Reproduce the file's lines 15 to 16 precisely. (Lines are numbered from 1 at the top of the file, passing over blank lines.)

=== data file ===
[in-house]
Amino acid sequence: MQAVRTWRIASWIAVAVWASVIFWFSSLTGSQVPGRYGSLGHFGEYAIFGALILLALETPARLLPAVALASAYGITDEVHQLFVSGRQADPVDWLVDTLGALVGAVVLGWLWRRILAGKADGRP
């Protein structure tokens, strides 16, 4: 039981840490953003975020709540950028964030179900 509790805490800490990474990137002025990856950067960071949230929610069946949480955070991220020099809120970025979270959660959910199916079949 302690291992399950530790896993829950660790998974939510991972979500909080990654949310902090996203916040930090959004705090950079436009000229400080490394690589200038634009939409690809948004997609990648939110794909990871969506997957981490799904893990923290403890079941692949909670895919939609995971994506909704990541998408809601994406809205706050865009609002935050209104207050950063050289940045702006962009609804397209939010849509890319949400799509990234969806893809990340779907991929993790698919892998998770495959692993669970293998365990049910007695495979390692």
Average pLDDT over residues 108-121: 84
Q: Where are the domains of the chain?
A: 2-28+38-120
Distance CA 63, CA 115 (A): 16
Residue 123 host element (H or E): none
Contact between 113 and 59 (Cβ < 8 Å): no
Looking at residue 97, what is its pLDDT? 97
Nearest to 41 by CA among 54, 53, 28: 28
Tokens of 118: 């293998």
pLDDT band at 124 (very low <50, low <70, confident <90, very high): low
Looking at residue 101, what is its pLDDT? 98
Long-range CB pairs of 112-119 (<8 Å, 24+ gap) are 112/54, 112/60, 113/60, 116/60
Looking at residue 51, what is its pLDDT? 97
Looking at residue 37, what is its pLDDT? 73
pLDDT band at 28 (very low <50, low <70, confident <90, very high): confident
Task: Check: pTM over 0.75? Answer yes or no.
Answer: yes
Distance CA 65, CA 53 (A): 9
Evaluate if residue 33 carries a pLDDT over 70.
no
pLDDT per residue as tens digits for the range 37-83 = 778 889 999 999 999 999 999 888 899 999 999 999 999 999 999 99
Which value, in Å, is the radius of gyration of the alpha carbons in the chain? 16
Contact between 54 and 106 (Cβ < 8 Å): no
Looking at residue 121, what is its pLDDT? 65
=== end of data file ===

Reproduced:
Long-range CB pairs of 112-119 (<8 Å, 24+ gap) are 112/54, 112/60, 113/60, 116/60
Looking at residue 51, what is its pLDDT? 97